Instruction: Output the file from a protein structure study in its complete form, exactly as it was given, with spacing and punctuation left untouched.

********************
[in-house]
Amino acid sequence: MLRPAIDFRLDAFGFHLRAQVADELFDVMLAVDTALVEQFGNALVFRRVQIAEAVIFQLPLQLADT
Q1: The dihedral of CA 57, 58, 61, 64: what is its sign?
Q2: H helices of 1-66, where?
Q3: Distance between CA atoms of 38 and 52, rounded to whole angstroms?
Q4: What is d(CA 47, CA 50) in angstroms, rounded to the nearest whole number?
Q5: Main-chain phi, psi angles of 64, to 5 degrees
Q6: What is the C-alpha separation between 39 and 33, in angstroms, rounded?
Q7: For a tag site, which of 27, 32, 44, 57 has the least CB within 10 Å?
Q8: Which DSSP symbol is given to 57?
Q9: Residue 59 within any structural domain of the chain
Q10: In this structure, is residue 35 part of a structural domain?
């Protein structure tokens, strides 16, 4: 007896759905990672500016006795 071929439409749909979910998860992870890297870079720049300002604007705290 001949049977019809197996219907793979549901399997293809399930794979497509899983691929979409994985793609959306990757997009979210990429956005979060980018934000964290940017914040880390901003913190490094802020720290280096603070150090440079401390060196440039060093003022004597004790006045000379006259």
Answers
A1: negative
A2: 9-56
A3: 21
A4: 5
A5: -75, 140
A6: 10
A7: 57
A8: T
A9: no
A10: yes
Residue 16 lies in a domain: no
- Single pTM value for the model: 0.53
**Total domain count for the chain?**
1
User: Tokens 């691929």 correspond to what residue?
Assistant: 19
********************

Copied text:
[in-house]
Amino acid sequence: MLRPAIDFRLDAFGFHLRAQVADELFDVMLAVDTALVEQFGNALVFRRVQIAEAVIFQLPLQLADT
Q1: The dihedral of CA 57, 58, 61, 64: what is its sign?
Q2: H helices of 1-66, where?
Q3: Distance between CA atoms of 38 and 52, rounded to whole angstroms?
Q4: What is d(CA 47, CA 50) in angstroms, rounded to the nearest whole number?
Q5: Main-chain phi, psi angles of 64, to 5 degrees
Q6: What is the C-alpha separation between 39 and 33, in angstroms, rounded?
Q7: For a tag site, which of 27, 32, 44, 57 has the least CB within 10 Å?
Q8: Which DSSP symbol is given to 57?
Q9: Residue 59 within any structural domain of the chain
Q10: In this structure, is residue 35 part of a structural domain?
């Protein structure tokens, strides 16, 4: 007896759905990672500016006795 071929439409749909979910998860992870890297870079720049300002604007705290 001949049977019809197996219907793979549901399997293809399930794979497509899983691929979409994985793609959306990757997009979210990429956005979060980018934000964290940017914040880390901003913190490094802020720290280096603070150090440079401390060196440039060093003022004597004790006045000379006259």
Answers
A1: negative
A2: 9-56
A3: 21
A4: 5
A5: -75, 140
A6: 10
A7: 57
A8: T
A9: no
A10: yes
Residue 16 lies in a domain: no
- Single pTM value for the model: 0.53
**Total domain count for the chain?**
1
User: Tokens 């691929």 correspond to what residue?
Assistant: 19